In addition, certain QPRTs will be revocable if the settlor retains an illegal right to redeem the property at any time before the end of the 20 year term. This will violate the 1997 regulations that specifically require an express statement that the settlor cannot redeem the property. Ferrante argued that his 1994 trust was grandfathered in, but the statute addressed that and gave such trusts 90 days to commence amendment of the trust agreement. Since Ferrante never did so, Judge Albert ruled that he waited too long.
TVA’s victory was written up by Forbes.
Brokers: Get Your Commission Agreements in Writing!
Last month’s decision in Westside Estate Agency, Inc. v. Randall (Cal. Ct. App. – Dec. 1, 2016) began its opinion saying:
“We are all familiar with the phrase, “caveat emptor”: Buyer beware. This case deals with its less renowned cousin, “caveat sectorem”: Broker beware.”
Section 1624 of the Civil Code says that a real estate broker can only be a broker for someone — e.g., get a commission — if there’s an agreement in writing. The broker here didn’t get a signed agreement authorizing his status as a broker, but instead relied upon an alleged oral agreement.
That’s not good enough.
Which means he loses out on a $925,000 commission on a $45 million sale.
Follow the statute. Get the agreement in writing.
Finding Justice in the Grinding Gears of Litigation
The right judgment is not always the just result — a judgment often fails to account for the time and expense invested to obtain it.
But sometimes, the grinding gears of litigation can be used to achieve some justice. In Leeman v. Adams Extract & Spice Co. (Cal. Ct. App. – May 21, 2015), plaintiff settled a Prop. 65 (toxic chemicals warning) case — cases typically driven by a cottage-industry of “sue and settle” lawyers. The settlement here was for a typically small amount of civil penalties, and a typically much larger amount of fees at $72,500, with hourly rates up to $895. Another victory for cottage-industry lawyers, it would seem.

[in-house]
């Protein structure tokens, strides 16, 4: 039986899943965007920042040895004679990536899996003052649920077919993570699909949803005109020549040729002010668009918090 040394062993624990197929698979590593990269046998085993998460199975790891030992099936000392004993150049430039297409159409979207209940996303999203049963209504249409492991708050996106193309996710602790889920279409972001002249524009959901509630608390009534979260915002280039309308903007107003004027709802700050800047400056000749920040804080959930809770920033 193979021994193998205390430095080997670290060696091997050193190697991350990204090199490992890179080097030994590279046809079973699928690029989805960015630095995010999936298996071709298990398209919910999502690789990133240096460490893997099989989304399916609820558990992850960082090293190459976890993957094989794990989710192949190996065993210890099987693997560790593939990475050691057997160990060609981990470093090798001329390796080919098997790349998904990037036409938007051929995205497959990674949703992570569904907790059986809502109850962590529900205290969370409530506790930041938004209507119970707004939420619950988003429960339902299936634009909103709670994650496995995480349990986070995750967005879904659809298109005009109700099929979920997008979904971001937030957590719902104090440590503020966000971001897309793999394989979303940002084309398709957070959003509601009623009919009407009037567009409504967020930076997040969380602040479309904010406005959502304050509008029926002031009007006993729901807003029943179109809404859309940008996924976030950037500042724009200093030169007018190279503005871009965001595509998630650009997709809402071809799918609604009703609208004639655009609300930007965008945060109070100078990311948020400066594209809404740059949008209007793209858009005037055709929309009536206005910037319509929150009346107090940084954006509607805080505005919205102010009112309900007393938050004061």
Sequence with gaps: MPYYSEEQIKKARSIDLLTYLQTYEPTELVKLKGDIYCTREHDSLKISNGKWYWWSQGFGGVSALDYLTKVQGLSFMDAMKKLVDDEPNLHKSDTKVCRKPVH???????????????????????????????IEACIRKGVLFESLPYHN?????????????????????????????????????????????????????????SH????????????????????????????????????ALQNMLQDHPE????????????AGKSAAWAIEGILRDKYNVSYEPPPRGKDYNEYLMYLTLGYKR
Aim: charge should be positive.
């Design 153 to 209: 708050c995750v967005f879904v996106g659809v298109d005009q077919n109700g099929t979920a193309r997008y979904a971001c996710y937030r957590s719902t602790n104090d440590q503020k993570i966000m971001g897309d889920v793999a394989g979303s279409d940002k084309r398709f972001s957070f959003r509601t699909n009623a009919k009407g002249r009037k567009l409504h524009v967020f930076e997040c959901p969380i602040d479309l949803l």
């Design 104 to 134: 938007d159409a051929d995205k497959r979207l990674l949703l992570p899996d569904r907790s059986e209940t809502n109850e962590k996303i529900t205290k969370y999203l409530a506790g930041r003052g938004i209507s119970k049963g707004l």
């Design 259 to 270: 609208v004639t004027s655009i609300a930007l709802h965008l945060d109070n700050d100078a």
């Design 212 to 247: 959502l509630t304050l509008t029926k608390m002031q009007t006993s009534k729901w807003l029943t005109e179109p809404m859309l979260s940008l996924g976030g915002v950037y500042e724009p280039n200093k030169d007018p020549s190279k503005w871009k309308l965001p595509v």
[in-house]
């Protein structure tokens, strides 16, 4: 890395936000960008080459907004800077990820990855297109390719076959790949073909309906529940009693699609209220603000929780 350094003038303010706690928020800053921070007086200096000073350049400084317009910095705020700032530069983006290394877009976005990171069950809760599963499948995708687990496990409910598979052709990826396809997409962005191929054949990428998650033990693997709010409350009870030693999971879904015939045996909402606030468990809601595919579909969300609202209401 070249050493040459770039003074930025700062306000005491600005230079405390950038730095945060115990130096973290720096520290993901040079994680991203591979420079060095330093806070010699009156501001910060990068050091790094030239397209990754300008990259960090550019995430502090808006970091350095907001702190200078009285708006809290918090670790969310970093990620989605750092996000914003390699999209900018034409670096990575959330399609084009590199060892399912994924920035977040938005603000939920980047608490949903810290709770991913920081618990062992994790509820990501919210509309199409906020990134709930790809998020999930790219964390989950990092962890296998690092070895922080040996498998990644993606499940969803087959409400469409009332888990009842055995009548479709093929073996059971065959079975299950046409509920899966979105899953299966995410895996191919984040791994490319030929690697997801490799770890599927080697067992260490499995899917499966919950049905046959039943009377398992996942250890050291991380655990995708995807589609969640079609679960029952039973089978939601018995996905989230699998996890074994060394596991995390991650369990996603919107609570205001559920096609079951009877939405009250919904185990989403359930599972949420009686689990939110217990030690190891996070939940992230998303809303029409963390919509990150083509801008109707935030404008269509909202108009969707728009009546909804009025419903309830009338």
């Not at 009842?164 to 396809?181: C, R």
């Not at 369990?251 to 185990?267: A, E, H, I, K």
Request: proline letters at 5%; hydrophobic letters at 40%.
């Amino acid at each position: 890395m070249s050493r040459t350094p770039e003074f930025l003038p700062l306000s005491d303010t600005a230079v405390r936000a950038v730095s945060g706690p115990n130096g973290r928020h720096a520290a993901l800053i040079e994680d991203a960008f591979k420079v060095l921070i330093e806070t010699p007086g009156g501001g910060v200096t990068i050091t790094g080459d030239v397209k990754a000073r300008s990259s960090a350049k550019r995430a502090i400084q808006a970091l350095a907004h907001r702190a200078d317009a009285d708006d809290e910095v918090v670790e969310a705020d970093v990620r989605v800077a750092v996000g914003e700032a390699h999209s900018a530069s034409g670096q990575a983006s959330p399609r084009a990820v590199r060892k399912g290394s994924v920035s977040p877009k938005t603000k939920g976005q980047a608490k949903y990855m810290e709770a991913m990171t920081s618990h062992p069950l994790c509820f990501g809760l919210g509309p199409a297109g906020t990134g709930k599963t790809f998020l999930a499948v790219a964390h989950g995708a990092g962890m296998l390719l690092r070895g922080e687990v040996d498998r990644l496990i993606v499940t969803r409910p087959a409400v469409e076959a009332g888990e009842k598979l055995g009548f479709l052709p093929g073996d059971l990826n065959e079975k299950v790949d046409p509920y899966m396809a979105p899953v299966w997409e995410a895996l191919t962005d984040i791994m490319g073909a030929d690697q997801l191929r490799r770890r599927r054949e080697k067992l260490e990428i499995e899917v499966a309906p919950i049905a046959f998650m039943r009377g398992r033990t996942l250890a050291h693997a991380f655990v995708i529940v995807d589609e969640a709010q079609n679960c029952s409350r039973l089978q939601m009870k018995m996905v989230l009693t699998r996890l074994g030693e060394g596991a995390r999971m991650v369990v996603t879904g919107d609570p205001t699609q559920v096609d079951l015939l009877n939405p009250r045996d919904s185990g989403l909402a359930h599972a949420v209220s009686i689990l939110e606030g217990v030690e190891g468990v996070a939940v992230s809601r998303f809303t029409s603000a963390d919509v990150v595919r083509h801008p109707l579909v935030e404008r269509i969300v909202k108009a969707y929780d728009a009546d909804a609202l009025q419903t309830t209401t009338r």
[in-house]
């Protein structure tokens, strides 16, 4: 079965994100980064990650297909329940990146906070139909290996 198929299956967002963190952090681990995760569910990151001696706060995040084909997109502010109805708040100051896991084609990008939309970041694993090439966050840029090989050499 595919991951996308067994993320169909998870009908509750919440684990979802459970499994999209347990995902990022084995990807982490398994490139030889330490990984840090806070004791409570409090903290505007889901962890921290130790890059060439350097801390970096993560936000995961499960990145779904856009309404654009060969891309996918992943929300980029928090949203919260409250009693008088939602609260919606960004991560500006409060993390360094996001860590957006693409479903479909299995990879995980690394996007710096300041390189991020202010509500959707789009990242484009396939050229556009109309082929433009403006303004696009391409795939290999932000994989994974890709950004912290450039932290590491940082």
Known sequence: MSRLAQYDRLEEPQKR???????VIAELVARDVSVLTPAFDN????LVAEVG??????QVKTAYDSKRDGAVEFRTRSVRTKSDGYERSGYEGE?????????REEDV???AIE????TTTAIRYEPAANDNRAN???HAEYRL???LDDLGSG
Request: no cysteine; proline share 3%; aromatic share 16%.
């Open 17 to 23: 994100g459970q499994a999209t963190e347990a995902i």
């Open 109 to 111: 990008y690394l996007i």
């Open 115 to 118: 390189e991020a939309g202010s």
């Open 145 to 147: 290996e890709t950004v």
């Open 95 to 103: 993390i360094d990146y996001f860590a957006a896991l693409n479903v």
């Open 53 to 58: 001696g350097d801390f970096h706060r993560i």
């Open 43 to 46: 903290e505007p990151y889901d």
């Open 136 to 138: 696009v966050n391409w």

But not so fast, says Judge Goldsmith. He cuts the requested fee award in half. Plaintiffs move, first ex parte, then on a noticed motion, to modify this award to the stipulated amount. Judge Goldsmith denies both attempts, without explanation.
Predictably, the Court of Appeal reverses, telling Judge Goldsmith that he can’t just whack the fees for no reason, and that he also can’t approve the settlement but reduce the fees, since the entire thing stands or falls as a whole.
So in the end, the cottage-industry lawyers get their fees, to which they have a statutory right. But as professor Shaun Martin explains, it’s Judge Goldsmith who gets the last laugh:
“I wonder if a part of him was thinking: “You bastards. You know full well this was a shakedown, and that the $72,500 fee award was excessive. You think I can’t do anything about that. And you’re largely right. I’m not going to keep a crappy case in my court (by disapproving the settlement) just to stop you from getting your fees. But you know what I can do? I can make it hard for you. I can slash your fee award. Once. Twice. Thrice. Make you file three motions. Make you prosecute an appeal. Make you wait a couple of years. And, yeah, you’ll get your $72,500. But you’ll at least have to work for it.””